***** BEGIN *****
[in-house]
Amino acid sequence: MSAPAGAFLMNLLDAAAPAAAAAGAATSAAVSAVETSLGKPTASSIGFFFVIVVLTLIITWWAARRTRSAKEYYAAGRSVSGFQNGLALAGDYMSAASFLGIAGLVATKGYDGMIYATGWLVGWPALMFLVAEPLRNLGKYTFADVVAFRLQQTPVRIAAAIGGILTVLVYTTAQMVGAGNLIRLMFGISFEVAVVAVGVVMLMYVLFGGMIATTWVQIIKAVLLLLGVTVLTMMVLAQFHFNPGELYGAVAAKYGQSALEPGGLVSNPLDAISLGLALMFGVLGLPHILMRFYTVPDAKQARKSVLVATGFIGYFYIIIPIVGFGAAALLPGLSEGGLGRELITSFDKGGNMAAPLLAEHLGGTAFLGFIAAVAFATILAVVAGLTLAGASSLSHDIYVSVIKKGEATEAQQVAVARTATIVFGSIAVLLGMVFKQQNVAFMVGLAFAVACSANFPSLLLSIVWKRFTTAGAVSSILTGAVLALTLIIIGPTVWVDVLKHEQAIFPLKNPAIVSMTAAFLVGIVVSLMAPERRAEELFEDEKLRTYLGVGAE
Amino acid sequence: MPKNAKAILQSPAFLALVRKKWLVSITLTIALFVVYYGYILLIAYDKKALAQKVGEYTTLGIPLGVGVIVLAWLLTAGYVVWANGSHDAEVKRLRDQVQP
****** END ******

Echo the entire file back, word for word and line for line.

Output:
[in-house]
Amino acid sequence: MSAPAGAFLMNLLDAAAPAAAAAGAATSAAVSAVETSLGKPTASSIGFFFVIVVLTLIITWWAARRTRSAKEYYAAGRSVSGFQNGLALAGDYMSAASFLGIAGLVATKGYDGMIYATGWLVGWPALMFLVAEPLRNLGKYTFADVVAFRLQQTPVRIAAAIGGILTVLVYTTAQMVGAGNLIRLMFGISFEVAVVAVGVVMLMYVLFGGMIATTWVQIIKAVLLLLGVTVLTMMVLAQFHFNPGELYGAVAAKYGQSALEPGGLVSNPLDAISLGLALMFGVLGLPHILMRFYTVPDAKQARKSVLVATGFIGYFYIIIPIVGFGAAALLPGLSEGGLGRELITSFDKGGNMAAPLLAEHLGGTAFLGFIAAVAFATILAVVAGLTLAGASSLSHDIYVSVIKKGEATEAQQVAVARTATIVFGSIAVLLGMVFKQQNVAFMVGLAFAVACSANFPSLLLSIVWKRFTTAGAVSSILTGAVLALTLIIIGPTVWVDVLKHEQAIFPLKNPAIVSMTAAFLVGIVVSLMAPERRAEELFEDEKLRTYLGVGAE
Amino acid sequence: MPKNAKAILQSPAFLALVRKKWLVSITLTIALFVVYYGYILLIAYDKKALAQKVGEYTTLGIPLGVGVIVLAWLLTAGYVVWANGSHDAEVKRLRDQVQP